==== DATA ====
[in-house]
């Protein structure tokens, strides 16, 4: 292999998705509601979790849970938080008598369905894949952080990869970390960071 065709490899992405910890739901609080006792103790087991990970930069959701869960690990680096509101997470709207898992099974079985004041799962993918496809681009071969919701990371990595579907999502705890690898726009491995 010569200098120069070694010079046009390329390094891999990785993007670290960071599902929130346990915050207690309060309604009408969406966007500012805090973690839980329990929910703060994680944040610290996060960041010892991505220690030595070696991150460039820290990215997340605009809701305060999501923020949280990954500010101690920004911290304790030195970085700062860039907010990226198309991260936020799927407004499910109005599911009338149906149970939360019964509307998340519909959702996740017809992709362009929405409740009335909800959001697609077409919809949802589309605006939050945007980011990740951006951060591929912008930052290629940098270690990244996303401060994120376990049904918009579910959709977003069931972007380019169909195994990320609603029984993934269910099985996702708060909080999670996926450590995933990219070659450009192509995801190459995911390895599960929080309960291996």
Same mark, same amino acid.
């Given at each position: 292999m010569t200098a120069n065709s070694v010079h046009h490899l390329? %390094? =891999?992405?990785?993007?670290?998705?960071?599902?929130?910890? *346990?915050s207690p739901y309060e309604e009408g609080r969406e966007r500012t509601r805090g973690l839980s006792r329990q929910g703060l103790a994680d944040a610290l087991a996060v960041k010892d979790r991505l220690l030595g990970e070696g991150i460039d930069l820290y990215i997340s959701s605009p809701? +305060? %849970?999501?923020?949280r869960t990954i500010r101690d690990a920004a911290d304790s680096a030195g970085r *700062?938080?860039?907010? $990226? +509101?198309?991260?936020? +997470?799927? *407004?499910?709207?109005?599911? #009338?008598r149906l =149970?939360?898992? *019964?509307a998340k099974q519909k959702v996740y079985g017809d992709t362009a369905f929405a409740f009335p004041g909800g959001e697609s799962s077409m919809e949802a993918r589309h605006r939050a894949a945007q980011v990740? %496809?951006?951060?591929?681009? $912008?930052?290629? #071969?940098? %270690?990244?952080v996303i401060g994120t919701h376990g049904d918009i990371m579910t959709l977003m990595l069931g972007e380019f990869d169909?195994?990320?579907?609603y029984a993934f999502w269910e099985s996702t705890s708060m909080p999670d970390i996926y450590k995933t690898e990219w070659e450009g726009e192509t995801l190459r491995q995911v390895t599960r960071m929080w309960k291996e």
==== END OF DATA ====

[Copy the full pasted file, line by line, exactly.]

[in-house]
């Protein structure tokens, strides 16, 4: 292999998705509601979790849970938080008598369905894949952080990869970390960071 065709490899992405910890739901609080006792103790087991990970930069959701869960690990680096509101997470709207898992099974079985004041799962993918496809681009071969919701990371990595579907999502705890690898726009491995 010569200098120069070694010079046009390329390094891999990785993007670290960071599902929130346990915050207690309060309604009408969406966007500012805090973690839980329990929910703060994680944040610290996060960041010892991505220690030595070696991150460039820290990215997340605009809701305060999501923020949280990954500010101690920004911290304790030195970085700062860039907010990226198309991260936020799927407004499910109005599911009338149906149970939360019964509307998340519909959702996740017809992709362009929405409740009335909800959001697609077409919809949802589309605006939050945007980011990740951006951060591929912008930052290629940098270690990244996303401060994120376990049904918009579910959709977003069931972007380019169909195994990320609603029984993934269910099985996702708060909080999670996926450590995933990219070659450009192509995801190459995911390895599960929080309960291996």
Same mark, same amino acid.
């Given at each position: 292999m010569t200098a120069n065709s070694v010079h046009h490899l390329? %390094? =891999?992405?990785?993007?670290?998705?960071?599902?929130?910890? *346990?915050s207690p739901y309060e309604e009408g609080r969406e966007r500012t509601r805090g973690l839980s006792r329990q929910g703060l103790a994680d944040a610290l087991a996060v960041k010892d979790r991505l220690l030595g990970e070696g991150i460039d930069l820290y990215i997340s959701s605009p809701? +305060? %849970?999501?923020?949280r869960t990954i500010r101690d690990a920004a911290d304790s680096a030195g970085r *700062?938080?860039?907010? $990226? +509101?198309?991260?936020? +997470?799927? *407004?499910?709207?109005?599911? #009338?008598r149906l =149970?939360?898992? *019964?509307a998340k099974q519909k959702v996740y079985g017809d992709t362009a369905f929405a409740f009335p004041g909800g959001e697609s799962s077409m919809e949802a993918r589309h605006r939050a894949a945007q980011v990740? %496809?951006?951060?591929?681009? $912008?930052?290629? #071969?940098? %270690?990244?952080v996303i401060g994120t919701h376990g049904d918009i990371m579910t959709l977003m990595l069931g972007e380019f990869d169909?195994?990320?579907?609603y029984a993934f999502w269910e099985s996702t705890s708060m909080p999670d970390i996926y450590k995933t690898e990219w070659e450009g726009e192509t995801l190459r491995q995911v390895t599960r960071m929080w309960k291996e």